The vast majority of nosebleeds do not require a doctor’s care. Of the hundreds of patients with nosebleeds that I’ve seen over the years, about 90% could have been treated effectively at home.
The most common reason patients present to the doctor for nosebleeds is that they have not applied pressure to the nose effectively.
Some people tilt their heads backwards – don’t. This makes it seem like the bleeding has stopped, but all it does is make the blood drain down your throat, which can cause nausea or even vomiting.
Others put ice on the back of their necks – don’t bother. This does nothing to stop the bleeding. Applying ice to the nose might help a little, but certainly not as much as direct pressure.
Some do apply pressure – but only for a minute. That’s commonly not enough. Others try to compress the bony part of the nose . . . which certainly won’t work.
Save a trip to the ER or to your doctor by applying pressure effectively.
Squeeze the nose together (use your thumb and index finger to compress the soft parts of the nose against each other – like a clothespin). DO NOT RELEASE THE PRESSURE FOR 10 MINUTES. I repeat – do not release the pressure for 10 minutes. This is the maneuver that will save you money on a trip to the doctor. Most patients insist on peeking, checking to see if the bleeding has stopped. Avoid temptation! And time it!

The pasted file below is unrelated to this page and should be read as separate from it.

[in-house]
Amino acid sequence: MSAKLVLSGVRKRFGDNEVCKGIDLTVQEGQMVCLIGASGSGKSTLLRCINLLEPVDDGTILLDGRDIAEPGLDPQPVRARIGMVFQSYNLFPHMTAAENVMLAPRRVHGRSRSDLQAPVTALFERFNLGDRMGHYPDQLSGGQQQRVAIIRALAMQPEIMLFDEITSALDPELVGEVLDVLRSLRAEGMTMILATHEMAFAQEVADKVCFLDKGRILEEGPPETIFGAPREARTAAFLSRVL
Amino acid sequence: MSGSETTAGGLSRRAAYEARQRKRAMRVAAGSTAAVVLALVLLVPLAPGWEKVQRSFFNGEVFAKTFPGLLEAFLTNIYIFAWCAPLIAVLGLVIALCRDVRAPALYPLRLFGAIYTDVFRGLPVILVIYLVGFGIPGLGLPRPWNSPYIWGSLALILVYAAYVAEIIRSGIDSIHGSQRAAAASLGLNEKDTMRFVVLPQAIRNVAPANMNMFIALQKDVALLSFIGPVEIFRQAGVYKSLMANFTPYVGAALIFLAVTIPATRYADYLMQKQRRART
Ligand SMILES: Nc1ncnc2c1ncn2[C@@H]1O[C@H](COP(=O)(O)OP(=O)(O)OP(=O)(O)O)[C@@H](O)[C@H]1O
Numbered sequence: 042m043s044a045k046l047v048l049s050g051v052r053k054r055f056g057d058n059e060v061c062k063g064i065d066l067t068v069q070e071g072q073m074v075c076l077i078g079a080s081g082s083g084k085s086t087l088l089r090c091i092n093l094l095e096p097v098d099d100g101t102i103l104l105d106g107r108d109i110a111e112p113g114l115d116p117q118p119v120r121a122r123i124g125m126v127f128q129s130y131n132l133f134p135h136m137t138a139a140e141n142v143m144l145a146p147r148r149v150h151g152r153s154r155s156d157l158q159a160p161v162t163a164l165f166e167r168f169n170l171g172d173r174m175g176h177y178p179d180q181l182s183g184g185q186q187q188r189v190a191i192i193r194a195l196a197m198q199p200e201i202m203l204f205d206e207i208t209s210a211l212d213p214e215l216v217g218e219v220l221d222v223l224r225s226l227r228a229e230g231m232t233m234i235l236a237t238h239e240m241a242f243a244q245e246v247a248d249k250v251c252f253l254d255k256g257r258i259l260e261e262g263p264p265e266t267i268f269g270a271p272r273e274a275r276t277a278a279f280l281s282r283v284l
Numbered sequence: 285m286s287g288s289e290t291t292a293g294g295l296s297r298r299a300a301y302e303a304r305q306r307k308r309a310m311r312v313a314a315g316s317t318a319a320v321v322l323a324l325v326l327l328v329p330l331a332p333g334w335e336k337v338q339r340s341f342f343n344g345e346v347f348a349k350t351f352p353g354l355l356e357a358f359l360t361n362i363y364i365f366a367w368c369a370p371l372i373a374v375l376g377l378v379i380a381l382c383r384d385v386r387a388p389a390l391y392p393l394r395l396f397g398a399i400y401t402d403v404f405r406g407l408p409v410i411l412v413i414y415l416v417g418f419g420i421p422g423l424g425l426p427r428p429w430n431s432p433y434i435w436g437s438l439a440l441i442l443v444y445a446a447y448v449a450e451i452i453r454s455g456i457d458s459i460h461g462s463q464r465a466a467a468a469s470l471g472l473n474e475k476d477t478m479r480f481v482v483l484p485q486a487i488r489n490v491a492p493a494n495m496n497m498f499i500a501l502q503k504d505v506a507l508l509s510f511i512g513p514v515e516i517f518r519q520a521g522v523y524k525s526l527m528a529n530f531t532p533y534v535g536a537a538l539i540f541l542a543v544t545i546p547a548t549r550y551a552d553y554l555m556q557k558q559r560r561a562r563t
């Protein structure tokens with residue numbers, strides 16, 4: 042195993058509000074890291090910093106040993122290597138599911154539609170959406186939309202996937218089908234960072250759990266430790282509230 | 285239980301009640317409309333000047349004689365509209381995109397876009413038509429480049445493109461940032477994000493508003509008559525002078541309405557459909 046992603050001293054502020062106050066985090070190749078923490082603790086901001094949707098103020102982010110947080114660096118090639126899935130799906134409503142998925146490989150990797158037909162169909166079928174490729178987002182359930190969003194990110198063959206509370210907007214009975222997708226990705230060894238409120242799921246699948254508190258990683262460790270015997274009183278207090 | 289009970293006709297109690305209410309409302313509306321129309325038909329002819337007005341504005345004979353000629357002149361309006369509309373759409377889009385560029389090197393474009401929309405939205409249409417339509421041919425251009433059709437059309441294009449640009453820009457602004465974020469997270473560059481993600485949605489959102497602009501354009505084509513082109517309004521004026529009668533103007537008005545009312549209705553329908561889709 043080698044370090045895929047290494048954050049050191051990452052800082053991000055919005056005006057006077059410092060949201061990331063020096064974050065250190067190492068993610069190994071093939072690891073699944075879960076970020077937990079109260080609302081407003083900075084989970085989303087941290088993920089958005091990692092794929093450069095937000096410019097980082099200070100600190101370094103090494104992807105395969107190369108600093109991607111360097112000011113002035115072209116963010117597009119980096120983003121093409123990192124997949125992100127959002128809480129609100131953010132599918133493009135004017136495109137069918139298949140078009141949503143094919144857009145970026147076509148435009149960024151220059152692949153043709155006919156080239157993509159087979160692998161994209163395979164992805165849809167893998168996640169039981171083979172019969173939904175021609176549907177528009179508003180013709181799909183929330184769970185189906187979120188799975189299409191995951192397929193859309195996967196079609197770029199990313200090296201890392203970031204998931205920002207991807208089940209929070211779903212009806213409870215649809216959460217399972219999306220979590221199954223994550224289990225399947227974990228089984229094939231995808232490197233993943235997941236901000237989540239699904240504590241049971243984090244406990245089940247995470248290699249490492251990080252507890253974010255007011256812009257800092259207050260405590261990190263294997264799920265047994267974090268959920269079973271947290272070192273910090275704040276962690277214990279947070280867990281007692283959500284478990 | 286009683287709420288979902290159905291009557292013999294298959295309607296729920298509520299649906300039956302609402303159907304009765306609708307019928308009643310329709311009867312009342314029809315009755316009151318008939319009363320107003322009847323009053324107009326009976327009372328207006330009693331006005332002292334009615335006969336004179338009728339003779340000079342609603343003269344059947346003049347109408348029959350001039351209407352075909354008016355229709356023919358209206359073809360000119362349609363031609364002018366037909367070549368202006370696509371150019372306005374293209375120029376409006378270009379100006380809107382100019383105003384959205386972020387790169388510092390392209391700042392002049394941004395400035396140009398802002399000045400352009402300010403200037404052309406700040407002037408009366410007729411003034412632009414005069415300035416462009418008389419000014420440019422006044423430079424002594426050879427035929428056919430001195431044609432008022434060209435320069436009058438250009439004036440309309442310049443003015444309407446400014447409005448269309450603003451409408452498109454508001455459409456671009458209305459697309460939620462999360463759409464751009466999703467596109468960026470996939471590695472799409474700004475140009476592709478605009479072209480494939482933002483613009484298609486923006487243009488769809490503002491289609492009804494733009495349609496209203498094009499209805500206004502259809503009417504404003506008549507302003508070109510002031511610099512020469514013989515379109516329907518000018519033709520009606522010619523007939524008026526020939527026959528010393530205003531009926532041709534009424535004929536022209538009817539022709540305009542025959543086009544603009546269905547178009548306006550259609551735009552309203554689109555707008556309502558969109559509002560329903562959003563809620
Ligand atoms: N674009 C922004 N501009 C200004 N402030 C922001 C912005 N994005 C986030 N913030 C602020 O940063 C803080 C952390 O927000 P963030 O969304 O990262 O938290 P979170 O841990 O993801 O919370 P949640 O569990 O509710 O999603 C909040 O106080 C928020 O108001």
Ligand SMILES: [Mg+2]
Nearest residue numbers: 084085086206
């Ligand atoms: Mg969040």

If your nose is still bleeding, repeat another 10 minutes. If it’s still bleeding after 20 minutes, seek medical attention.
For additional information, visit the following websites:
Potential annual savings on ER visits for nosebleeds: 5,000 community hospitals x 50 unnecessary visits/year x $100 = $25,000,000 (surely an underestimate)
© Cynthia J Koelker, MD – All Rights reserved